City officials want the Auckland Council to opt for a ‘dispersed’ option for the America’s Cup village across several downtown wharves – and costing around a quarter of a billion dollars.
Their favoured option is one based on Wynyard Wharf, Hobson Wharf and Halsey Wharf, which is $40 million cheaper than one big village on a greatly expanded Halsey Wharf but which could have higher costs to run during the event as teams spread out on the waterfront.
The costs for the $130 million base, plus $18 million to move current users off the needed wharves and surrounding spaces, and $90 million of downtown capital projects that the council has not budgeted for, mean the city, government and private sector are looking at an investment of around $240 million.
Team NZ is known to favour the costlier village of bases on the bigger Halsey Wharf and would need to agree to the lesser, dispersed option before Auckland Council moves to seek planning consent in a special ‘single hearing’ process taking until the middle of next year. Team NZ has reserved the right to hold the event overseas, possibly in Italy, if Auckland arrangements cannot be negotiated satisfactorily.
Officials want Auckland Mayor Phil Goff and the council chief executive Stephen Town to have the right to negotiate with Team NZ, the government and private investors over the next month and report back to the December council meeting for a decision. Town is chairing a joint council-government taskforce preparing the plans.
The recommendation to the council is that it should let Team NZ and the government know the dispersed option is its ‘preferred’ outcome from negotiations over the short, short list of three locations.
An economic impact report prepared for the Ministry of Business, Innovation and Employment (MBIE) and released on Tuesday estimates a positive impact from hosting the event of between $555 million to $977 million in value added to the country’s economy between next year and 2021. It estimated extra jobs created would be between 4700 and 8300.
“As with all economic models and tools, there are limitations and caveats. Nevertheless, the analysis suggests hosting the event is likely to result in positive economic impacts over the short and long term and these impacts will be significant,” that report’s authors, M.E Consulting, say.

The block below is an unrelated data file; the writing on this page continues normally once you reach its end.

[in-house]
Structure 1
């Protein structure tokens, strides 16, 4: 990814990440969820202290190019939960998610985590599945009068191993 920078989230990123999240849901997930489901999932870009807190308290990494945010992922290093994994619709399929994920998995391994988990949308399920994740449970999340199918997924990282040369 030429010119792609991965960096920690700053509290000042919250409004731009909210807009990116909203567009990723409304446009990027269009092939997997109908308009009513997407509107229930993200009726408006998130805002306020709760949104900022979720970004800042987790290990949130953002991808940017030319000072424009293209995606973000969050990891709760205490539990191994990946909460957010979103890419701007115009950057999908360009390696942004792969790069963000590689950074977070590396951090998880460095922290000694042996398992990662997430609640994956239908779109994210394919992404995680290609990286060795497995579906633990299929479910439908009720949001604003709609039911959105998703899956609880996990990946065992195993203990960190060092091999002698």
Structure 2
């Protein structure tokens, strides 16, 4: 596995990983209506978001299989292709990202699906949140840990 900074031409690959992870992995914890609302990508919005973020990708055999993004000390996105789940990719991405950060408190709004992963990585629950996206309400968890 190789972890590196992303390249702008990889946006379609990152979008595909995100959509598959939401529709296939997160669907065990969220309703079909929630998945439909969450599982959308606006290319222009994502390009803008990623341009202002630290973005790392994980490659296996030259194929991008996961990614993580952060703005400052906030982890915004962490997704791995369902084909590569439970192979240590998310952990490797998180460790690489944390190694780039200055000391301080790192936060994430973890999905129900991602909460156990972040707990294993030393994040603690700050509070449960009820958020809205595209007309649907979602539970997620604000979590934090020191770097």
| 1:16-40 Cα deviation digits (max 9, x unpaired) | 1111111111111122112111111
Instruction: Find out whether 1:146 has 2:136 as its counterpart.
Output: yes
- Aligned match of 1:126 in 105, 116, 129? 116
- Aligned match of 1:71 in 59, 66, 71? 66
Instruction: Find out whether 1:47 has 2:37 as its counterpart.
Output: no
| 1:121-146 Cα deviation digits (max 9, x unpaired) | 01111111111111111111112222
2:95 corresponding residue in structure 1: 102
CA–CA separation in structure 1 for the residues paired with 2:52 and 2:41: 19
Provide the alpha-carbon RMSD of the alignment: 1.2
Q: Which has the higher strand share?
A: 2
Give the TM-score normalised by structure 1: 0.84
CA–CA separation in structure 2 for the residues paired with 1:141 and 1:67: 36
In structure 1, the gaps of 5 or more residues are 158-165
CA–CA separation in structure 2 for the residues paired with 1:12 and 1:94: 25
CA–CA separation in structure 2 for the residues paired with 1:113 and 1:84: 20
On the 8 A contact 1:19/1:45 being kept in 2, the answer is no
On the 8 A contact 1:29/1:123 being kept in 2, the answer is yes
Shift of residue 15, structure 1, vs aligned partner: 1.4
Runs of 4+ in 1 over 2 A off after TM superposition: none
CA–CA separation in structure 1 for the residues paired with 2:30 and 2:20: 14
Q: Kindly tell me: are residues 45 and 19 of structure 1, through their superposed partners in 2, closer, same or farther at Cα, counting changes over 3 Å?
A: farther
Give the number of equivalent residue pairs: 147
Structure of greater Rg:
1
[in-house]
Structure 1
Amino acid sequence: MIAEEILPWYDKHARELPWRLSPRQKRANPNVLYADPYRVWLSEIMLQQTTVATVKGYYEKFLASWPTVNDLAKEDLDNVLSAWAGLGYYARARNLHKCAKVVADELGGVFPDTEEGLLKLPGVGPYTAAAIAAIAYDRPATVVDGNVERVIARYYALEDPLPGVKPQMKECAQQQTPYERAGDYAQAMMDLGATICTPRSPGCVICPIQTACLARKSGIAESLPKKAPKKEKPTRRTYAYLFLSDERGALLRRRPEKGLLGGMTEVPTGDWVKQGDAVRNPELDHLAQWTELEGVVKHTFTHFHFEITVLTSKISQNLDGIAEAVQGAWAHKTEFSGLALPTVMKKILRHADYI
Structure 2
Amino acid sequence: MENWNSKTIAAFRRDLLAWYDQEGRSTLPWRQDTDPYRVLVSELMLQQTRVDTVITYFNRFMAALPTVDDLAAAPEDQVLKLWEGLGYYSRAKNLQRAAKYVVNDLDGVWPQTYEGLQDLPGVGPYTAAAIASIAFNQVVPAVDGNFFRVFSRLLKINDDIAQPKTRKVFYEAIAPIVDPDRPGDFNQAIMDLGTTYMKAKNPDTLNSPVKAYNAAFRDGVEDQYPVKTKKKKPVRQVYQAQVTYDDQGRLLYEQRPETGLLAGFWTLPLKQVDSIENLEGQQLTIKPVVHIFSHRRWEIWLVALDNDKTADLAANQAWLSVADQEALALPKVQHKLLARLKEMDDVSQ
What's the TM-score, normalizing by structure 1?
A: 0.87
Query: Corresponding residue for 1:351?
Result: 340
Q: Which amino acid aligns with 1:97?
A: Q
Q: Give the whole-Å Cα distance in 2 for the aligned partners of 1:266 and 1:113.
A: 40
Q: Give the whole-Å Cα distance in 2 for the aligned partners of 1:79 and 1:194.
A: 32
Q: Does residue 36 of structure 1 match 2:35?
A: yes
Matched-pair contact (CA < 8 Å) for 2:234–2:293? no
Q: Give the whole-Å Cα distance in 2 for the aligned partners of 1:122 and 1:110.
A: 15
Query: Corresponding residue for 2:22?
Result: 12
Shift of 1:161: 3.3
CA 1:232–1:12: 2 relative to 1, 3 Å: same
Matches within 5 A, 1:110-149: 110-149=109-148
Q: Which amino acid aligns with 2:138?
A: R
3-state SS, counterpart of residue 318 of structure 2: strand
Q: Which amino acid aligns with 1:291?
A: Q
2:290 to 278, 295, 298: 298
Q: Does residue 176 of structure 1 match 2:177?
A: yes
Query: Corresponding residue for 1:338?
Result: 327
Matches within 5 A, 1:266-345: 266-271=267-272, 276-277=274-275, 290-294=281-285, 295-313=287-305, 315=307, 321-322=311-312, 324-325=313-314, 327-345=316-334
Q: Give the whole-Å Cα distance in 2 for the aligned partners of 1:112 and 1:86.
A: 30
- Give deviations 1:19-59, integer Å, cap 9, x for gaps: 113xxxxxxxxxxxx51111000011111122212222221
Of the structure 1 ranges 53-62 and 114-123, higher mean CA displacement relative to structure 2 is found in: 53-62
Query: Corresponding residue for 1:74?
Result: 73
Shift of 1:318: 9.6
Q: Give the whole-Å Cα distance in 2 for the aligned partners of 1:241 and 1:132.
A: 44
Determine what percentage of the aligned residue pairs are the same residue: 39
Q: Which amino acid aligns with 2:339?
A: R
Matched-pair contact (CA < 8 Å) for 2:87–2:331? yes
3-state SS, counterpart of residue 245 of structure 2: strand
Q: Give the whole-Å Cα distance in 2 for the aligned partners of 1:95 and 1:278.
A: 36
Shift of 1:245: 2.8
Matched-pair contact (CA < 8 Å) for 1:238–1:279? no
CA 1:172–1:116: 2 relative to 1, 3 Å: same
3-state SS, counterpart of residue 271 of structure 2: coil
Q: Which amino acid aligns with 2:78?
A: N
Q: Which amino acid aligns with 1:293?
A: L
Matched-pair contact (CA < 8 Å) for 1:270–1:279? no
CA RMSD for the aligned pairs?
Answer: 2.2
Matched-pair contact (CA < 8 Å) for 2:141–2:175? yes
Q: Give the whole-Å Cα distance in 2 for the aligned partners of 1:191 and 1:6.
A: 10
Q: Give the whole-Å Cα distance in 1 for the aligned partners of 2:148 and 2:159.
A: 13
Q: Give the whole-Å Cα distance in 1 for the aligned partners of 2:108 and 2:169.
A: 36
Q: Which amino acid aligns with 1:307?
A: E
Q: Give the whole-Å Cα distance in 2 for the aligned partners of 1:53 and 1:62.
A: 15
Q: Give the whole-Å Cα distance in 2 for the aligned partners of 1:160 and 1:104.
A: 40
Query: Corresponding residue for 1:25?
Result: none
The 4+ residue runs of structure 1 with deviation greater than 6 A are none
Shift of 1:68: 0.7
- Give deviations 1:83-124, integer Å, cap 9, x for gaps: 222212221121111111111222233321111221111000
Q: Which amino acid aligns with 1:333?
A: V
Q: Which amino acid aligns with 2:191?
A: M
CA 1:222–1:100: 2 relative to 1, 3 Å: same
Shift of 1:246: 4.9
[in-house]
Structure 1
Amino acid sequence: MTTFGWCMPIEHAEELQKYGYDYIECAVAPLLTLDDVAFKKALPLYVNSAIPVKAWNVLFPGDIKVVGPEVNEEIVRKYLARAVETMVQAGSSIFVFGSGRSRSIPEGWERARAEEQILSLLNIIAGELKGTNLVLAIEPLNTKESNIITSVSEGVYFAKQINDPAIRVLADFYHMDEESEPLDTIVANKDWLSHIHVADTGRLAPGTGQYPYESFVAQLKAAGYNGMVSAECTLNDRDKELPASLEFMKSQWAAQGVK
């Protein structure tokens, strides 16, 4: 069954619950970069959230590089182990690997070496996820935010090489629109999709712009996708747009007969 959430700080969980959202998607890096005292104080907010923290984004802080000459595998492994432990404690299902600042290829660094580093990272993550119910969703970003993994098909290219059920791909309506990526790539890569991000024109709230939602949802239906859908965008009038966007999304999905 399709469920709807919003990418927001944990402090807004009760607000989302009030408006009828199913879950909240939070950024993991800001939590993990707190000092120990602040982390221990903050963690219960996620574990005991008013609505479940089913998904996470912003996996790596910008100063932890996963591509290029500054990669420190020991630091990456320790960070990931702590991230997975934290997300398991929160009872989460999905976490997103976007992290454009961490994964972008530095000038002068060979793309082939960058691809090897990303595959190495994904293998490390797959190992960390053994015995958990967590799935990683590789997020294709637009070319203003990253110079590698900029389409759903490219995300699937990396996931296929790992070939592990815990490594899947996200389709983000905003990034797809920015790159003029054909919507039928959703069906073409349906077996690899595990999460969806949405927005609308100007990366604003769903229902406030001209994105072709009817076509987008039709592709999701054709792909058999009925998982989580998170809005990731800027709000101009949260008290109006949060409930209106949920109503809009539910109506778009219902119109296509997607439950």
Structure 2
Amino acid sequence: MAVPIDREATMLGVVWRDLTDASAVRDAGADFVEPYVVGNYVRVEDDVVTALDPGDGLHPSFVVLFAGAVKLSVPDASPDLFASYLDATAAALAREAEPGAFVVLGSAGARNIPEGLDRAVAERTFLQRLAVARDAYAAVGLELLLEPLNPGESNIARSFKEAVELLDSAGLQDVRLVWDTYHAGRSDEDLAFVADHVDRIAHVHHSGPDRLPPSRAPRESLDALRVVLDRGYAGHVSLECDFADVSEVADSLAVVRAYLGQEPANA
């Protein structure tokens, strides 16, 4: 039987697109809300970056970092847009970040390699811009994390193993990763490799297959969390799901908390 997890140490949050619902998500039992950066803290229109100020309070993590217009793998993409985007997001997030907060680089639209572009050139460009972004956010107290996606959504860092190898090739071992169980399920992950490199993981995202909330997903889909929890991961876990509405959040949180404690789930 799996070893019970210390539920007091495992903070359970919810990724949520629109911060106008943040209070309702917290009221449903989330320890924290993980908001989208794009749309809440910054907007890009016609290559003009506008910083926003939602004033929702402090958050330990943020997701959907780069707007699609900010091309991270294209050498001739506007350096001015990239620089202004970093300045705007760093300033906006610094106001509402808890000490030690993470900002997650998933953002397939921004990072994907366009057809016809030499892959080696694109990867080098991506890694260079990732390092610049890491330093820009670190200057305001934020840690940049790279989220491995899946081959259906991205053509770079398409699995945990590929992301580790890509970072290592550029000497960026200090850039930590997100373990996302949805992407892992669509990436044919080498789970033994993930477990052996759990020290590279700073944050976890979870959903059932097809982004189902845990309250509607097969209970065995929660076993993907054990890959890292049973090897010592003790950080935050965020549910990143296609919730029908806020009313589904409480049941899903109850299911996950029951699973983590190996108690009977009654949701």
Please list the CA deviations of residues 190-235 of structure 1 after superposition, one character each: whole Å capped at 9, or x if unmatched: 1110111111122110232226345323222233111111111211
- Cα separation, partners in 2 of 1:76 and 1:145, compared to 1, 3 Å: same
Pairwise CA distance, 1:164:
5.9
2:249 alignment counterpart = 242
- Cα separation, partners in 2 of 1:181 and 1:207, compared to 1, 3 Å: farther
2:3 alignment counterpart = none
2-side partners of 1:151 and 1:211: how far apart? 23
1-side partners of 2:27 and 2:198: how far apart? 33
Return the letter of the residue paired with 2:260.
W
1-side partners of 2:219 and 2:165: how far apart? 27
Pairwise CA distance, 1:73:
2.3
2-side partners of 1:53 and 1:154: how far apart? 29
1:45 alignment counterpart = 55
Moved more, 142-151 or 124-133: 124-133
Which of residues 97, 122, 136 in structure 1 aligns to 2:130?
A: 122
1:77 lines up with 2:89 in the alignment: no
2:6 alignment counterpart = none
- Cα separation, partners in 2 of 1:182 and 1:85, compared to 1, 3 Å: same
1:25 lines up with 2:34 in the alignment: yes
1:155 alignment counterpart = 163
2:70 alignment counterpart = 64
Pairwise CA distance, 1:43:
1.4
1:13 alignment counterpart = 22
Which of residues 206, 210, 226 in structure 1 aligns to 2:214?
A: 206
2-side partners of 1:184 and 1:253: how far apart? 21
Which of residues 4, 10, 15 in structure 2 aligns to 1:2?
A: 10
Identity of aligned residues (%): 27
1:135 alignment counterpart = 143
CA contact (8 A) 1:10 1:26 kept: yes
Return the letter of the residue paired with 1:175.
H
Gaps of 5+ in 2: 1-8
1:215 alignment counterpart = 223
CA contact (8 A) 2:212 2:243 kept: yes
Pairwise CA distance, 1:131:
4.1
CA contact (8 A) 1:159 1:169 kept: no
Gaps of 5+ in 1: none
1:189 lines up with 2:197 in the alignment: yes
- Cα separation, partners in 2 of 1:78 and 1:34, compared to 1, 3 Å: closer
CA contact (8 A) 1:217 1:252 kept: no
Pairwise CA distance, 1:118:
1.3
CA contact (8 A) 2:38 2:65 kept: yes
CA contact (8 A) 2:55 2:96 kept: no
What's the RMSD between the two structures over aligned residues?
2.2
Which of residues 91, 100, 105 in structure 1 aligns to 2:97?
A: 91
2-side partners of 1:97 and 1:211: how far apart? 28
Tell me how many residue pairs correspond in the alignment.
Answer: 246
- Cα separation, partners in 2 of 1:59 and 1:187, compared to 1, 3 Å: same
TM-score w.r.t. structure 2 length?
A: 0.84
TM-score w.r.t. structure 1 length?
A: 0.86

“This increase reflects a permanent step-change in the size of the economy and is driven by an increase in the super yacht market and receiving export receipts.”
M.E.’s estimates for spending by various parties puts central and local government at up to $100 million each and Team NZ at up to $120 million. Other syndicates would be expected to spend $10m here between them and the regatta organisers a further $10m. Sponsor spending around the event (not the teams) is expected at up to $14 million.
The economic impact study sounds a note of caution about public support for the event. “In the context of [America’s Cup #36] this suggests that the national pride is more associated with winning the event (in Bermuda) than with hosting it. Of course, hosting the event is a by-product of the recent success.”
It did not look into matters beyond the economic, noting there are both upsides and downsides for adding infrastructure and building into the harbour. “On one side of the ledger, adding new space will add to the real estate market with flow on effects such as increasing the council’s rating base, and adding to the economic activity undertaken at the Viaduct/Wynyard Quarter.
“However it can also be argued taking up space will lead to a loss of other values… intangible values associated with the harbour including ecosystems, service values, cultural values, option values and so forth, that would be lost (or diminshed) if water space is developed.”
The report to the council from city officials, while recommending the ‘dispersed’ village option, based on Halsey and Wynyard wharves, says the option presents ‘multi-faceted’ issues. “Construction could be more complicated by operating across multiple sites and next to sites that are close to bulk liquid operators. There are a greater number of commercial complexities to manage.”
They also say some of the infrastructure on Wynyard Wharf could be temporary to cater for the event and then be removed to allow for normal business activities to resume.
A report to the full council meeting on Thursday says the Halsey Wharf extension option ‘best delivers for the event requirements, for public access and consolidating activities on one location to support the operation of the Village”.
But the dispersed option, which they favour, “goes some way to deliver on event requirement for public access.”
“Activities are spread out and there is an uneven distribution of those bases with access to sheltered water space. The option does provide some additional berthage for supporting vessels and super yachts.
“Due to its dispersed nature it is likely that running costs for the village (security, operations) will increase.”
The report notes the dispersed option “does start to introduce the public and visitors to Wynyard Wharf as a future destination for commercial, residential and public open space.”
While some of the additional structures may be temporary, there was an opportunity to retain and reuse them for future ferry infrastructure.
On land, associated capital works downtown would total $220 million – with the $90 million of unbudgeted spending being included in that figure. The report says some of this “critical work” includes the Quay St seawall, Quay St upgrade, downtown public spaces improvements, the first phase of reconfiguring the ferry terminal and a bus interchange.